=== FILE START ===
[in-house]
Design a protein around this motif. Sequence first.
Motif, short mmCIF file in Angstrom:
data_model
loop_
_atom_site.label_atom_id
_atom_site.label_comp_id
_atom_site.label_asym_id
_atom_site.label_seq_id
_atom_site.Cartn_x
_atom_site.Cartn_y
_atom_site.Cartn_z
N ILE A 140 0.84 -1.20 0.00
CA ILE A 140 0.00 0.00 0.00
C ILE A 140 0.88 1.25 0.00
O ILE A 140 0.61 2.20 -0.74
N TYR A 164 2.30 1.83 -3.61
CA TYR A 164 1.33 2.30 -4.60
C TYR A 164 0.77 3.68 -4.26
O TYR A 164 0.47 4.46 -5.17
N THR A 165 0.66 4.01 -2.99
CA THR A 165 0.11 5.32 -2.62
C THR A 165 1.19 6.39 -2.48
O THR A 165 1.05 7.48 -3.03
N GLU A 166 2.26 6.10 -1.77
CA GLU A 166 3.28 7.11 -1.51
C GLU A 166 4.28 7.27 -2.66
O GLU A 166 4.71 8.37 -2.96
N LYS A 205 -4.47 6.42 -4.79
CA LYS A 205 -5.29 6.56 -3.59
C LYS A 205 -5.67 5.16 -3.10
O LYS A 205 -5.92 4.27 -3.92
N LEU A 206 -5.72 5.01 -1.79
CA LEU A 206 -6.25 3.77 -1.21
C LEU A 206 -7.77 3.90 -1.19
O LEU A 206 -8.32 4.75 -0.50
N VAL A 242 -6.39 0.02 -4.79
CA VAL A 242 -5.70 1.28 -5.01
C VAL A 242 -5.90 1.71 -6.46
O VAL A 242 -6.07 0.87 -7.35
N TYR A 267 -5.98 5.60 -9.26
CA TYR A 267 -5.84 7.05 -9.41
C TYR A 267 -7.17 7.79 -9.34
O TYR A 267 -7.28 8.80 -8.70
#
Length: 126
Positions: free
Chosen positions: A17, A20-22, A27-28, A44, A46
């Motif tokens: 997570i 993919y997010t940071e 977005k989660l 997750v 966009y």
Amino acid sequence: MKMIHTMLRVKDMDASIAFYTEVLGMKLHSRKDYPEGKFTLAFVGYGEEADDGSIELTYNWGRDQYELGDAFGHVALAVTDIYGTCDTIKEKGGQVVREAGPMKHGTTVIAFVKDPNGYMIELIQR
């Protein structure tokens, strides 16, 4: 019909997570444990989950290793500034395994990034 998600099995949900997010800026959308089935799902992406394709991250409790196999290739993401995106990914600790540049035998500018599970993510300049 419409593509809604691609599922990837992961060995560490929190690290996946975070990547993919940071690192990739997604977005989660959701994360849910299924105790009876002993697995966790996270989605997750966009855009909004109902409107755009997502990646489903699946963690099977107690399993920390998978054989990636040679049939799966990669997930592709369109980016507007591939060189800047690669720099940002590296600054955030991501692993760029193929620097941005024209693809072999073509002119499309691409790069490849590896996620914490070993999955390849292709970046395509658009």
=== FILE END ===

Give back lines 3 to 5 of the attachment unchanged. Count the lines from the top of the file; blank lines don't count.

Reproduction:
Motif, short mmCIF file in Angstrom:
data_model
loop_